Sylvia Plath's Words for a Nursery

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Sylvia Plath's Words for a Nursery

Sylvia Plath’s “Words for a Nursery” depicts the embodiment of life through the symbolism of a human hand. Referring to the hand many times throughout various works(“Mirrors”, “Tulips”, “Lady Lazarus”, etc), Plath continually portrays this feature as a bodily tool around which life functions. After becoming pregnant with her first child, Plath’s analysis of the progression of life from birth to death can be seen within such a poem. Like most of her poetry, “Words for a Nursery” escalates in a positive manner until the end where death is expressed, and a sense of pessimism is briefly felt. As she suggests, life begins with the opening of the hand, the first action which will lead to eventual awareness of the world. Through her analysis of the detailed elements of the hand, and her emphasis on its ability to learn its role, Plath examines the phases of life by expressing a new stage within each stanza. From birth, through life, and finally to old age and death, Plath draws upon a series of images to metaphorically describe human existence in life’s endless cycle.

Throughout “Words for a Nursery”, Plath uses various stylistic devices to relate the human hand to the progression of life. With the whole poem existing as an extended metaphor, the author encourages a reader to interpret and search for meaning. As Plath opens with “Rosebud, knot of worms”, the beginning of human life is seen. The baby’s crunched fist is a “rosebud”, it’s fingers a “knot of worms”.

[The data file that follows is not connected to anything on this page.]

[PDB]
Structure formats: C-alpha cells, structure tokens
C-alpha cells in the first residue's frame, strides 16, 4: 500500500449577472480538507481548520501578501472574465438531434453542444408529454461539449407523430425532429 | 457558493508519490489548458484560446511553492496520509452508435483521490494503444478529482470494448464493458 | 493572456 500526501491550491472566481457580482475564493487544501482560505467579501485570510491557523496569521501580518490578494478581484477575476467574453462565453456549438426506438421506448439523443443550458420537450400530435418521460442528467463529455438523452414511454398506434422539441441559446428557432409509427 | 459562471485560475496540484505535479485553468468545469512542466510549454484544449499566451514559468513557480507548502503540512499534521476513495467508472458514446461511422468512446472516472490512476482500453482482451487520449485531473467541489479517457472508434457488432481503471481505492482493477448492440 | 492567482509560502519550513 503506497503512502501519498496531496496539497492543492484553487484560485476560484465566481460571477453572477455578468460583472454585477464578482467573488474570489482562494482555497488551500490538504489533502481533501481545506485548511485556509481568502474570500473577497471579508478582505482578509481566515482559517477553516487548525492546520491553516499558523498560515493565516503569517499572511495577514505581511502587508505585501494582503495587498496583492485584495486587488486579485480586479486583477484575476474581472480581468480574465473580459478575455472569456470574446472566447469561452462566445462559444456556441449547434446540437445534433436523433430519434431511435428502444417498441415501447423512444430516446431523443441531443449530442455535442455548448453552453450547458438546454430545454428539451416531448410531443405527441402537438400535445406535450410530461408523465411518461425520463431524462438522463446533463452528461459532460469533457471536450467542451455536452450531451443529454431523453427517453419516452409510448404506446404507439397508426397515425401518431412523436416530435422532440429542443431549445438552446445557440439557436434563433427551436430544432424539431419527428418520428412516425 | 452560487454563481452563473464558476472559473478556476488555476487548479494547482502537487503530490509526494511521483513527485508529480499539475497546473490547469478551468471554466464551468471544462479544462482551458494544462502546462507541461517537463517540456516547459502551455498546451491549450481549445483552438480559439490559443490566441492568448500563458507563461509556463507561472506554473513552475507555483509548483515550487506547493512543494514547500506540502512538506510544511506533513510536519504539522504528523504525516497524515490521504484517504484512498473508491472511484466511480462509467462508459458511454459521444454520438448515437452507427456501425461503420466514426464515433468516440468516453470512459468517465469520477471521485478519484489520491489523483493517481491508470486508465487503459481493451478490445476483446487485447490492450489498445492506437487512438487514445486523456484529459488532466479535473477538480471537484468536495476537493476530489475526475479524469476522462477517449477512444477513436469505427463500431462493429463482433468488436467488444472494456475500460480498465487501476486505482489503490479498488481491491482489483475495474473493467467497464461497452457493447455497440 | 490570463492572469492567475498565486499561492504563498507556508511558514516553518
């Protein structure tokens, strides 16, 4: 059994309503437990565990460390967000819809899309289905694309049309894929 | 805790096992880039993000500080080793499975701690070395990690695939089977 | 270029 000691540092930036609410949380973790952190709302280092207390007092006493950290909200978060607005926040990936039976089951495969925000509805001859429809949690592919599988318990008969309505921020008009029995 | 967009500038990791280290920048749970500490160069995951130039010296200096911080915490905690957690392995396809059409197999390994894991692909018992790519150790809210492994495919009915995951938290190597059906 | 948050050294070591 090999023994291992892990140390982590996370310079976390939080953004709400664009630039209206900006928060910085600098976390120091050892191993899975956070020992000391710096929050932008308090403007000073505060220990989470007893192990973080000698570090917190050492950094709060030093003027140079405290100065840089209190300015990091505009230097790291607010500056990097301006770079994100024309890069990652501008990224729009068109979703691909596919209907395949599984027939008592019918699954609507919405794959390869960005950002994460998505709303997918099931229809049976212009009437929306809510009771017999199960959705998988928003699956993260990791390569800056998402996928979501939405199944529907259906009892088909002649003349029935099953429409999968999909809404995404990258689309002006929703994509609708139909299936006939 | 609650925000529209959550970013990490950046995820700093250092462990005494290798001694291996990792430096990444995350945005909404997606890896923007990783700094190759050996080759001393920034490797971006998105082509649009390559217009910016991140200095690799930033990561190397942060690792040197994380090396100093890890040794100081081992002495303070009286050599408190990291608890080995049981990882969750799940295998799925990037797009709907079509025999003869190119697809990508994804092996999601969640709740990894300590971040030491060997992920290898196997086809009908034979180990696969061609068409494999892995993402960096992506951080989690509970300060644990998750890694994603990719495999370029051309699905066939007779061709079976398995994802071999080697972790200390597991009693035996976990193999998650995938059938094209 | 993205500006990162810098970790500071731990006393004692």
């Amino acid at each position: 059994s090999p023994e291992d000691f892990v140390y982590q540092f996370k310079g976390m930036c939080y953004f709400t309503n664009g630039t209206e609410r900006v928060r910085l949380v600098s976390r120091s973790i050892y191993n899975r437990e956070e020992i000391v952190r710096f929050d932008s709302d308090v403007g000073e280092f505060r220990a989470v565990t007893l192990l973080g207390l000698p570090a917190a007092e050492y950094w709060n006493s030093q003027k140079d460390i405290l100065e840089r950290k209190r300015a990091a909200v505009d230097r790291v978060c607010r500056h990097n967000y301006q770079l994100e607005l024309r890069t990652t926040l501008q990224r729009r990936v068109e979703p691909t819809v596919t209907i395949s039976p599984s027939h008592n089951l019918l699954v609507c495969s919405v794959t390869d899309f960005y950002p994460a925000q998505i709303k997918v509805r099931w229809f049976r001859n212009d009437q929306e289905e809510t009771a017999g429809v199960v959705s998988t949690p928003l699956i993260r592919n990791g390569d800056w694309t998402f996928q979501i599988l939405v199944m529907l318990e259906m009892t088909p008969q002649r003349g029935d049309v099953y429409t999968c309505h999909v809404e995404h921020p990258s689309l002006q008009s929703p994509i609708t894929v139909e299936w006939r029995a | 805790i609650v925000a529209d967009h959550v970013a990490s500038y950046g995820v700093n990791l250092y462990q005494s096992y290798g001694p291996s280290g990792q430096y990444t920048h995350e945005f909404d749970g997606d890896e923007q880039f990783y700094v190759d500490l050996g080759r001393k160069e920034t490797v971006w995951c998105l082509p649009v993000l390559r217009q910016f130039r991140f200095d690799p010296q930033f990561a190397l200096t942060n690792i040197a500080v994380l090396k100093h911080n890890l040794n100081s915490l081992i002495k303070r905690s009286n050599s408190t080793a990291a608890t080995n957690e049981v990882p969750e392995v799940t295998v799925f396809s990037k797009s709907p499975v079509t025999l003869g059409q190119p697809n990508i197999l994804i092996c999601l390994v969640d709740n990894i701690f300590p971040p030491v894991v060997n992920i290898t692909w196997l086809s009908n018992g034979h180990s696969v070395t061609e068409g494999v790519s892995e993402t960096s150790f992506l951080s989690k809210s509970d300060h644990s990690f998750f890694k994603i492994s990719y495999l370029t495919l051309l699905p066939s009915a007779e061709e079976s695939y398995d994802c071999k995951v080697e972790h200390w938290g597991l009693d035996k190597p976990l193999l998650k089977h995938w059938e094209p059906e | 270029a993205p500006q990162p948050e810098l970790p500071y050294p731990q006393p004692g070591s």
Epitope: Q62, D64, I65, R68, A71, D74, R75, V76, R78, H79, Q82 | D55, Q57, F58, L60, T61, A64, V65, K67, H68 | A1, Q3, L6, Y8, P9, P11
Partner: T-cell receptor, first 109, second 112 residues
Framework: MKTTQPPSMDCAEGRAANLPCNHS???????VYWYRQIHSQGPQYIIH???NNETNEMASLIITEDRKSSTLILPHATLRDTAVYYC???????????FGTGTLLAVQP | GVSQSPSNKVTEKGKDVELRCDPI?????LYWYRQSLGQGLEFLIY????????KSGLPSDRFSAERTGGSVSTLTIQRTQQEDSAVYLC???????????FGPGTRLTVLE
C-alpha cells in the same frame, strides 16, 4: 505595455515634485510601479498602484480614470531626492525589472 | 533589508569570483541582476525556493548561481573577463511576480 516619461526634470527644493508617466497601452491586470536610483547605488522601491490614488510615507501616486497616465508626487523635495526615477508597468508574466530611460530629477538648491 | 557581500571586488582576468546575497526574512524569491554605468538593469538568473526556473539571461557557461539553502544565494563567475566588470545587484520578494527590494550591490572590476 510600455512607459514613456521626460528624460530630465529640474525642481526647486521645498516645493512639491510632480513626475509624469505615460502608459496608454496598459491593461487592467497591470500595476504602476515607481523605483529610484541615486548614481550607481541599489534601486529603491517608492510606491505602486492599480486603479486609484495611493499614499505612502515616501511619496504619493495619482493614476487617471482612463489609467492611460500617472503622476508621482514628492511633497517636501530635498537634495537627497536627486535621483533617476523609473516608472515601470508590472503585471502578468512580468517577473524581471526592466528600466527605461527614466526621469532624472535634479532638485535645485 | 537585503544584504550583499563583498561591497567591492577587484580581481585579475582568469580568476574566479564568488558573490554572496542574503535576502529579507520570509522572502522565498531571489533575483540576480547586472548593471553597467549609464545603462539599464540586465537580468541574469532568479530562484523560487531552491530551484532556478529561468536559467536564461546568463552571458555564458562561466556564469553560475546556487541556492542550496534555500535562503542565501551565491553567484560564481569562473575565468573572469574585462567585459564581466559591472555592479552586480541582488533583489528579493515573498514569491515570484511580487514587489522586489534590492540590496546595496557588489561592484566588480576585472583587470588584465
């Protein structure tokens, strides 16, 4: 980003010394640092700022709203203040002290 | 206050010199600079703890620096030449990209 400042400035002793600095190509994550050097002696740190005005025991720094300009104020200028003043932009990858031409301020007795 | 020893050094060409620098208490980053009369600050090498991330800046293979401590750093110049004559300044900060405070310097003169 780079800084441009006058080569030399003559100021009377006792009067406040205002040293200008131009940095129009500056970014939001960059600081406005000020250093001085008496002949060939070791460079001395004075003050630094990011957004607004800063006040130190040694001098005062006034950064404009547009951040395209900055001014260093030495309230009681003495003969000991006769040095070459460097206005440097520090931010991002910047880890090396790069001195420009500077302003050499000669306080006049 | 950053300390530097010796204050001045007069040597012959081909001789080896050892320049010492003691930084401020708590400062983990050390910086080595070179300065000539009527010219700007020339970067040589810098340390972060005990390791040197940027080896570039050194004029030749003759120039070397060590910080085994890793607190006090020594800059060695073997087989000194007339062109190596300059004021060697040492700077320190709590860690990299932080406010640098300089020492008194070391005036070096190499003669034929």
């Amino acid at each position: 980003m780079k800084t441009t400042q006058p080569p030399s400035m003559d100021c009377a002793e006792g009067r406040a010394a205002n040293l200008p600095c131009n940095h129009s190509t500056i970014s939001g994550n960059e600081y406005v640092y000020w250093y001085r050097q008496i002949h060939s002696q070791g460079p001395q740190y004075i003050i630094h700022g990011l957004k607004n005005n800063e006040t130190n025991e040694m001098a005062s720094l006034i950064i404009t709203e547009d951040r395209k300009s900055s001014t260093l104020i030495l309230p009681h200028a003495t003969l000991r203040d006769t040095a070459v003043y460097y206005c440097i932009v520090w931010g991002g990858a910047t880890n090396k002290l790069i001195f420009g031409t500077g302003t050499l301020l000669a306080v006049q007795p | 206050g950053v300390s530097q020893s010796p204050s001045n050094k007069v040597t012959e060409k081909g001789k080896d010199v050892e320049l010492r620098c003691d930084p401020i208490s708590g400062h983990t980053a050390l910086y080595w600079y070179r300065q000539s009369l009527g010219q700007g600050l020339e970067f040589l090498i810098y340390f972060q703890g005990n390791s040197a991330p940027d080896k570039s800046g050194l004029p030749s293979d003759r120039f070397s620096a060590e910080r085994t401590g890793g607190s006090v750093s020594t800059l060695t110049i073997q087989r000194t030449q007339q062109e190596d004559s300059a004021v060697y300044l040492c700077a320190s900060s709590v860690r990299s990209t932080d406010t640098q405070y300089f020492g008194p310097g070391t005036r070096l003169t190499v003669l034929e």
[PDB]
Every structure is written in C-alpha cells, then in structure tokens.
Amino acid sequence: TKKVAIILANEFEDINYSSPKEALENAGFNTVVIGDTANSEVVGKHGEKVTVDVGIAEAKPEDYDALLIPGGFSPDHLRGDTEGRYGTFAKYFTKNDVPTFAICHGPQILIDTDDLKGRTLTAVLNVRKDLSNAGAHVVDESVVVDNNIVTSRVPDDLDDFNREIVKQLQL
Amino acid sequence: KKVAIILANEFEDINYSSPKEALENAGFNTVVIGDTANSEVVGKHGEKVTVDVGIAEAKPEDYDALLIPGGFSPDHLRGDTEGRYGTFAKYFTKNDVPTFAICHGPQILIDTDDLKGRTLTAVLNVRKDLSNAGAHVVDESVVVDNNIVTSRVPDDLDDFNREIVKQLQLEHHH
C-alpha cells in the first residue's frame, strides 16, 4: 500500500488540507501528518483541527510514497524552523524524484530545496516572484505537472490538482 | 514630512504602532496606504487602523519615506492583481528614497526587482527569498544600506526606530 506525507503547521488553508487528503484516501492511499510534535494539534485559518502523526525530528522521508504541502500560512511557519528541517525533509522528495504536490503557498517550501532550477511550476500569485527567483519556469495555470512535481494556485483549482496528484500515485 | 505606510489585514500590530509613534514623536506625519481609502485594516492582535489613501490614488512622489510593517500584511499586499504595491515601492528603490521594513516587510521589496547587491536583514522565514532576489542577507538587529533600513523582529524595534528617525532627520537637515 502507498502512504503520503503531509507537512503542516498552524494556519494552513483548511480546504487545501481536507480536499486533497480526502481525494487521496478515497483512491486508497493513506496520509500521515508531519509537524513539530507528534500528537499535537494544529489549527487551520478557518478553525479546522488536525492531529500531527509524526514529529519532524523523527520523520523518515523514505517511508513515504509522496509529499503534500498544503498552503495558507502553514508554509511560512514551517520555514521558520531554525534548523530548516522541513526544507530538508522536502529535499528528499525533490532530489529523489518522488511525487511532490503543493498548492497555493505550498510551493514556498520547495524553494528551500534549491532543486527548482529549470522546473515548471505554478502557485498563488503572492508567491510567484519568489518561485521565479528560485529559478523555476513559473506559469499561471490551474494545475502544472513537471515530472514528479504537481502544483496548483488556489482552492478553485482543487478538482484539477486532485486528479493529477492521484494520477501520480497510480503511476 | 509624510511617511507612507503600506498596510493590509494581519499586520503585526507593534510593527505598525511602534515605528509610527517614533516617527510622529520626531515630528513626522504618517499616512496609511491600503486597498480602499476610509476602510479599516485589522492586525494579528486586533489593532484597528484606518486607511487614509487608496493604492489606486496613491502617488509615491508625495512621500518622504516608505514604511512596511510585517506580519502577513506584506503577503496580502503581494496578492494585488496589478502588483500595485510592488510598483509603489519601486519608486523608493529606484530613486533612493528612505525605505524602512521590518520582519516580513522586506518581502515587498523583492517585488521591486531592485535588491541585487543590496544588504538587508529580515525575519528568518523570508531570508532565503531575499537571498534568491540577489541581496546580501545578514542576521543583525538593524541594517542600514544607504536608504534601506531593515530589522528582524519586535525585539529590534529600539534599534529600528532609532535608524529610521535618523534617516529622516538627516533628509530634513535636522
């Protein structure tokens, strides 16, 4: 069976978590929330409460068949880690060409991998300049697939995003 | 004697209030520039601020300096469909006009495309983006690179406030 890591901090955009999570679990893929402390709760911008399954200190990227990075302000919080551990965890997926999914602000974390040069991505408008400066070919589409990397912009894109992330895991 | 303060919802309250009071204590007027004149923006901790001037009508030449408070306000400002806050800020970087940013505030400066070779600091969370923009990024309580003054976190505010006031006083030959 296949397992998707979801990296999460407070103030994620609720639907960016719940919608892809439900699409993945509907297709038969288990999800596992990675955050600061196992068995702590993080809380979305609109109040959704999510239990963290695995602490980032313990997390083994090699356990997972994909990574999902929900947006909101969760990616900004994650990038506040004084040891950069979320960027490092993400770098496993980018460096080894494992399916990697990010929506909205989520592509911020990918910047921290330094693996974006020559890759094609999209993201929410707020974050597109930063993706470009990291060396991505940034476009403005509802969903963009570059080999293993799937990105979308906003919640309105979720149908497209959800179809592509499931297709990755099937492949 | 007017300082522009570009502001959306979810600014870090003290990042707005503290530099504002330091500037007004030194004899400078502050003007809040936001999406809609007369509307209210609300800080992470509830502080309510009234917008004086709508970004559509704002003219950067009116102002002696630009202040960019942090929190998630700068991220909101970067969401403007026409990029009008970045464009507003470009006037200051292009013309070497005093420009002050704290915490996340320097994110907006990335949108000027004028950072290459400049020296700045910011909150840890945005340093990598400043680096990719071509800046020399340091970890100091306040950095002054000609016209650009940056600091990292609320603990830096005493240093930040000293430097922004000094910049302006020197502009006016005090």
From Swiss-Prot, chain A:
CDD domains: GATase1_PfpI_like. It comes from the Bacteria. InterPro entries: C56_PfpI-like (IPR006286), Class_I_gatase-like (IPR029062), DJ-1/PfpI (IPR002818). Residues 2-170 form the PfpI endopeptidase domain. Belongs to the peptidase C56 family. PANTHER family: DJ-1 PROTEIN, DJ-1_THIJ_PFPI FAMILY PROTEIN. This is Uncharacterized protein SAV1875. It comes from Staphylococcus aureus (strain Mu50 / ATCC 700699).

Continuing, we read “Heir of the first five / Sharpers; I open”. Here, readers infer that with the opening of the child’s five fingers, life begins. Although Plath does not directly state this meaning, her creativ...

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...eased comprehension of life and its cycle. Since Plath uses the first person point of view to describe life as an experience, her accepted wisdom creates a natural style. She understands life to be a cycle, where even in death, life of another (in this case the “thin crows”) continues. Although pessimism toward death is evident, Plath regards life as a progression. The hand opens to allow life to begin, learns its function, and remains active until it reaches old age, where it then becomes weak and eventually dies. Through such a beautifully written metaphor, a reader learns that life is a continual development up to the time of death. From the origin to decease of individual life, the hand, just like the human, experiences growth. From thistle to silk, and rosebud to rose, life is a road of unforeseen events, all paths leading to the progression of existence.
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